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Consumer Reports Asks: Fish Oil or Krill Oil?

Tim Boyer's picture

In comparing krill oil supplements to fish oil supplements, researchers at Consumer Reports state in the March 2012 issue of their magazine that both fish oil and krill oil supplements provide the same healthful omega-3 fatty acids DHA and EPA we need to maintain good health. However, there are some differences between the two supplement types.

One of the differences is the source of their omega-3 fatty acids. Fish oil pills get their omega-3 fatty acids from…well, fish naturally - in particular, cold-water oily fish such as sardines, salmon, herring, mackerel and anchovies.

Krill, on the other hand are not fish, but food for fish and many other species such as seals and whales. Krill are tiny shrimp-like marine crustaceans that are typically described as the multicellular organisms that are the closest to the bottom of the food chain. Their food chain designation is based on the fact that they feed on the smallest single-celled life forms of ocean algae such as many species of phytoplankton and zooplankton.

Because omega-3 fatty acids are labeled as “essential fatty acids” (meaning that we cannot synthesize them ourselves and thereby require them in our food) researchers have investigated whether there are any significant health benefits between sources of omega-3 fatty acids.

For the Heart

The potential health benefits of omega-3 fatty acids were first proposed when researchers studying Inuit tribes from Greenland found that the local natives had virtually no signs of cardiovascular disease. The natives’ diet consisted primarily of large amounts of fat from fish that has been found to have a profound effect on reducing heart rate, blood pressure, triglyceride levels and hardening of the arteries.

Consumer Reports mentions one 2011 study published in the journal Lipids where researchers from Norway and Sweden analyzed data from study participants who got their omega-3 supplements from either fish oil or krill oil. What they found was that both sources of omega-3 fatty acids increased blood levels of DHA and EPA in comparison to a control group, which suggests that krill oil derived omega-3 fatty acids are released into the body just as well as fish oil sources are.

For the Joints

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In another study analyzing krill oil on human health, Consumer Reports tells us that krill oil is believed to help reduce pain, stiffness, loss of function and inflammation associated with arthritis. Arthritis marked by chronic inflammation is measurable by levels of a serum C-reactive protein called CRP in the blood.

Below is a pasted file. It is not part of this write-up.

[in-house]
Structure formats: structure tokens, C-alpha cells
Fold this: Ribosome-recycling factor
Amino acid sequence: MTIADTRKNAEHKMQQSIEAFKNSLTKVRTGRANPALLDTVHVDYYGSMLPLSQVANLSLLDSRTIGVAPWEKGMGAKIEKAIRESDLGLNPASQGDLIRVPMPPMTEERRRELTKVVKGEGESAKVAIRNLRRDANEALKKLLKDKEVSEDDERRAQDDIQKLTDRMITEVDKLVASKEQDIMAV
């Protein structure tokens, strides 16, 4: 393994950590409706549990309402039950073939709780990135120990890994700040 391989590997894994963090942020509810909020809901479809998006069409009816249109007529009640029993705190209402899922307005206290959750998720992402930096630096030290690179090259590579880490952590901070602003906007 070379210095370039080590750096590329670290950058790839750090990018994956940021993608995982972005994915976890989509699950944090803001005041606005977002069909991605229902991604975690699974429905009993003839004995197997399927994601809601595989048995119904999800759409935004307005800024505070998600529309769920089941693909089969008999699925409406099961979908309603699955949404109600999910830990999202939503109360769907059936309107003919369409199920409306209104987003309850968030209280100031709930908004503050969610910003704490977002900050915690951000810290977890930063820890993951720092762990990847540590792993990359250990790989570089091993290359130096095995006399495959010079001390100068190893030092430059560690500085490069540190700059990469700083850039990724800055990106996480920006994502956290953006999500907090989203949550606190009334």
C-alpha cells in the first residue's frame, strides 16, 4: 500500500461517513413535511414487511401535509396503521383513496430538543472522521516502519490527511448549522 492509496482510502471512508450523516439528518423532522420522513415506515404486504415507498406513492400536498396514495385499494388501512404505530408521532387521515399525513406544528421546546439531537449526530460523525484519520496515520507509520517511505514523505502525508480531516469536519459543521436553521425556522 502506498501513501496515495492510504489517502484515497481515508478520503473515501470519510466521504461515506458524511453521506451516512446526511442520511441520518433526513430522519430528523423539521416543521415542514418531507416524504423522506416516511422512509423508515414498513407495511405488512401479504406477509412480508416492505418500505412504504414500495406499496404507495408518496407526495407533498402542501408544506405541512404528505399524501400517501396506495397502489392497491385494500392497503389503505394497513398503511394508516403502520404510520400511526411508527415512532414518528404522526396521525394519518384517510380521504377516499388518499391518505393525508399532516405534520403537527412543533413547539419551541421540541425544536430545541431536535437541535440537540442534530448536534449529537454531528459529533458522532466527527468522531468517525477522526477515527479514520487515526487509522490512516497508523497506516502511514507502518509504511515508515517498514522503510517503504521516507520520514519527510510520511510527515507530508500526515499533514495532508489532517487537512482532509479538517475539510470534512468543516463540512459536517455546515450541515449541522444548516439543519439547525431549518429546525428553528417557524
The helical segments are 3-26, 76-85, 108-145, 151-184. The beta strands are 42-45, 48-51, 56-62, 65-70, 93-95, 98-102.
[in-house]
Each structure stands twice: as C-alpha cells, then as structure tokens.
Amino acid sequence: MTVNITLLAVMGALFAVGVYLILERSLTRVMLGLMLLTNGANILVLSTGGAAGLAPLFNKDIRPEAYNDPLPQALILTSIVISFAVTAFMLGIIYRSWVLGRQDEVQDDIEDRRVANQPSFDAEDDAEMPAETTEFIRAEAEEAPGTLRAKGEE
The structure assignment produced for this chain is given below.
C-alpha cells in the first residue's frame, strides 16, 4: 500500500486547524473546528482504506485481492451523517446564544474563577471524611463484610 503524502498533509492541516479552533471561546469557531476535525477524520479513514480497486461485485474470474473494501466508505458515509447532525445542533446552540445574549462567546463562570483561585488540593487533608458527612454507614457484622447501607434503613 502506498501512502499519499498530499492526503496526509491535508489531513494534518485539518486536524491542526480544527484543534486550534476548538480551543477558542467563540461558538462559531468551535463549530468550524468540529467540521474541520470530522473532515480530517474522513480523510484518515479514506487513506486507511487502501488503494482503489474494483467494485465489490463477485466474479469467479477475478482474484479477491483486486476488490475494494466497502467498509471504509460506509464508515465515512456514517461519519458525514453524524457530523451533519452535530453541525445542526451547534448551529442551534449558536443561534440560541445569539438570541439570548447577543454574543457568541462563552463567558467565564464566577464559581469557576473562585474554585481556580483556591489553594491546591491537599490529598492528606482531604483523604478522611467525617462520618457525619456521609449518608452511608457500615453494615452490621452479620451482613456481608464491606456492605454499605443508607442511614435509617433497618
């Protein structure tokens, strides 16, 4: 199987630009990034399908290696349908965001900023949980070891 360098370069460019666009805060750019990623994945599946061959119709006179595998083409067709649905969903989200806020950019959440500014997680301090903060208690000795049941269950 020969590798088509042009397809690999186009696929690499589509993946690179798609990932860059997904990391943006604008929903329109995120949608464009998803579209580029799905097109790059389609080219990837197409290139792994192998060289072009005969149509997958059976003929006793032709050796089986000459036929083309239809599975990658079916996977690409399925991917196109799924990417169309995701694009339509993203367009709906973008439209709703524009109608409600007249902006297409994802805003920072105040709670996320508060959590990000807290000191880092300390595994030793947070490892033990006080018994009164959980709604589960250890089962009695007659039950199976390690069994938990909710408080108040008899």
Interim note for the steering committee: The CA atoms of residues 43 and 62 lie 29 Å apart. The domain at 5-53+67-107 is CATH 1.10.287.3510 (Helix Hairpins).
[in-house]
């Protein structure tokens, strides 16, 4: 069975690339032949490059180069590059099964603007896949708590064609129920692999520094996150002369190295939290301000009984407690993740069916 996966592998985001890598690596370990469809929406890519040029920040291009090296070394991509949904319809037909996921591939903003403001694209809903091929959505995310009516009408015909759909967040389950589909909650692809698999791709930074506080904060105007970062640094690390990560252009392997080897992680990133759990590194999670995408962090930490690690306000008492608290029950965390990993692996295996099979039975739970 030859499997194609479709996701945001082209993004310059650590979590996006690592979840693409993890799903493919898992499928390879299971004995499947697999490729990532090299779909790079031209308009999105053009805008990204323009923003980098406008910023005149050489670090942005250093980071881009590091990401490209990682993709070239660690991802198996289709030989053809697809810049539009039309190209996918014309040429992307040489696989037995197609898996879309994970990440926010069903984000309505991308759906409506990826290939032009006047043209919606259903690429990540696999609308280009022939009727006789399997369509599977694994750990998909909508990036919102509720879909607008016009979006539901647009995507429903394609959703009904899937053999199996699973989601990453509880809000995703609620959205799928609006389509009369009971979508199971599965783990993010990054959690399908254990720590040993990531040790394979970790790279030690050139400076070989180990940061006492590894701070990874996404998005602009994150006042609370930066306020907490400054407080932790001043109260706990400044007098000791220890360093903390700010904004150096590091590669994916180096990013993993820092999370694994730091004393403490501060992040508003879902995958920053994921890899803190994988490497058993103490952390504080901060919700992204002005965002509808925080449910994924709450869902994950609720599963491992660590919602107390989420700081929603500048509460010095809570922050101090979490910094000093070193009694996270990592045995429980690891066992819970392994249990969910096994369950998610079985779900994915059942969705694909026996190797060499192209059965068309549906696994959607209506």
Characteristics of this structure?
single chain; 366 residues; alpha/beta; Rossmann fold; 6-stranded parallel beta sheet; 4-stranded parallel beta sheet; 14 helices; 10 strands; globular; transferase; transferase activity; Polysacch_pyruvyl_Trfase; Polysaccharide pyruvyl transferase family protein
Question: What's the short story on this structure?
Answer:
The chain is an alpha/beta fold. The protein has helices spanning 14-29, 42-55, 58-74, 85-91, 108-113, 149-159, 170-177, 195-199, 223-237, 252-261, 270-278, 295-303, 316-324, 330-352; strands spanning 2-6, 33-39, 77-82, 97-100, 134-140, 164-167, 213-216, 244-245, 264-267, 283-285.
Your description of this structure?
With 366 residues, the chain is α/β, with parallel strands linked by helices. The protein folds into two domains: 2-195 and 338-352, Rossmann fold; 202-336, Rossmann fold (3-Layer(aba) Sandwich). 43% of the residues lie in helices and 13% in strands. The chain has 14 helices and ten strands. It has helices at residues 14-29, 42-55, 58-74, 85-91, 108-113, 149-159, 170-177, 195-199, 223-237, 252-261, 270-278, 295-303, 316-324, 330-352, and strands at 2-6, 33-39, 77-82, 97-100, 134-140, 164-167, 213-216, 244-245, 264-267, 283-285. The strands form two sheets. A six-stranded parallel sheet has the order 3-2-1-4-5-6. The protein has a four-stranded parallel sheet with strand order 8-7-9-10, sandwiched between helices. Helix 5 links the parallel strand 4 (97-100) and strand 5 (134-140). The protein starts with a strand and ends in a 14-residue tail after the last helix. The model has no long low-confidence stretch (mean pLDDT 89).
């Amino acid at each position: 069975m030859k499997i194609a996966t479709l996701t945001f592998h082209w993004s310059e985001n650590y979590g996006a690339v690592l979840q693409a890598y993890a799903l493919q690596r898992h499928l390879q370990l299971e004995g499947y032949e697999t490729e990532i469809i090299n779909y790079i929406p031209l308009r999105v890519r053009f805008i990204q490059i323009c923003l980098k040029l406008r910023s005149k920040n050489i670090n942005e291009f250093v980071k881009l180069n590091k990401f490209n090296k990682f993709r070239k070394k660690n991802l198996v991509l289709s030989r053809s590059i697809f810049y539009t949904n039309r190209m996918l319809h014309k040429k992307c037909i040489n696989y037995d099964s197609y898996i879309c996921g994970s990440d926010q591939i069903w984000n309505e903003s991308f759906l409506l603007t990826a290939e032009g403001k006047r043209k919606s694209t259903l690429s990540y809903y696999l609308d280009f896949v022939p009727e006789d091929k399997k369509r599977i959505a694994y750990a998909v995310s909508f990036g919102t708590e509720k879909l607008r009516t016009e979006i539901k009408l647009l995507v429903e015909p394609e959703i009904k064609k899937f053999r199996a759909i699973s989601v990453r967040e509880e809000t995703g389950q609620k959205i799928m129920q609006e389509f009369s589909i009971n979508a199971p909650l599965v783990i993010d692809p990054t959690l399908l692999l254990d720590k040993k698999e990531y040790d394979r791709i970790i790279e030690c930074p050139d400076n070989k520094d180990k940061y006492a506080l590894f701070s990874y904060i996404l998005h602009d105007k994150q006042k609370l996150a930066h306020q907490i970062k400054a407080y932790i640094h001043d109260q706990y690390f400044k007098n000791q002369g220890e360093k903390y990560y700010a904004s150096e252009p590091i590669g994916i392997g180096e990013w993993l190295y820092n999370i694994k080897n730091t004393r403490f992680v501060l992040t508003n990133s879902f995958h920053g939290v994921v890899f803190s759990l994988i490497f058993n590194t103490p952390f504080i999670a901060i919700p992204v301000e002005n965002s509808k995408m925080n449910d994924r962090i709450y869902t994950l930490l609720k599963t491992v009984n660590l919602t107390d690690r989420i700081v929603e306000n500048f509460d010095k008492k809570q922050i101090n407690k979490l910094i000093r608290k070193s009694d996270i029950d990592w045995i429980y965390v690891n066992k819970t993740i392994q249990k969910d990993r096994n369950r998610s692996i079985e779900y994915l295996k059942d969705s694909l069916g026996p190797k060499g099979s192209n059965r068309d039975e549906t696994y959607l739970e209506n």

In a 2007 study, krill oil was found to reduce arthritic pain much more than a placebo and that CRP levels were 31 percent lower in participants taking a krill oil supplement in comparison to placebo control participants whose rose CRP levels rose 25 percent.

For Premenstrual Syndrome

Consumer Reports found one 2003 study that compared fish oil to krill oil with women experiencing PMS. The study found that krill oil supplements were superior to fish oil supplements in managing self-reported emotional symptoms, breast tenderness and joint pain related to PMS. However, Consumer Reports also notes that the researchers of the study also worked for the krill oil supplement industry.

Krill Oil Conclusion and Warning

Consumer Reports concluded that additional medical research is needed to derive a conclusive finding in comparing fish oil and krill oil supplements and points out that most individuals can get enough DHA and EPA omega-3 fatty acids just by eating cold water fish like sardines at least twice a week.

However, many people do not like the fishy after-taste of sardines and fish oil pills, which at this time appears to be one of the marketing points of krill oil supplements—no fishy after-taste. But if you do take a supplement, either fish oil or frill oil, Consumer Reports advises that you let your doctor know because fish oil and krill oil may adversely interact with some medications such as blood thinners.

Follow this link to a recent article about a Consumer Reports brand comparison of fish oil supplements that were found to be over-priced.

Image Source: Courtesy of Wikipedia

Reference: Consumer Reports on Health, March 2012



Or you can eat an apple a day.
Please note that there is NO CONTRAINDICATON with fish oil for folks taking anti-coagulant (Plavix) or anti-thrombotic (Coumadin) medication . This mythology occurred as a result of the high amounts of Vitamin E, a known anticoagulant, and/or the release of alcohol from fish oil in ethyl ester form. Purified Fish oils in the re-esterified triglyceride form have no impact on clotting. Am J Cardiol 2007;99[suppl]:44C–46C
I appreciate that on a personal level. My mom's doctor tried to take her off fish oil for poorly understood reasons during her chemotherapy. I had to fight to get her back on them by asking the pharmacist to intervene and tell her physician there was no contraindication for her.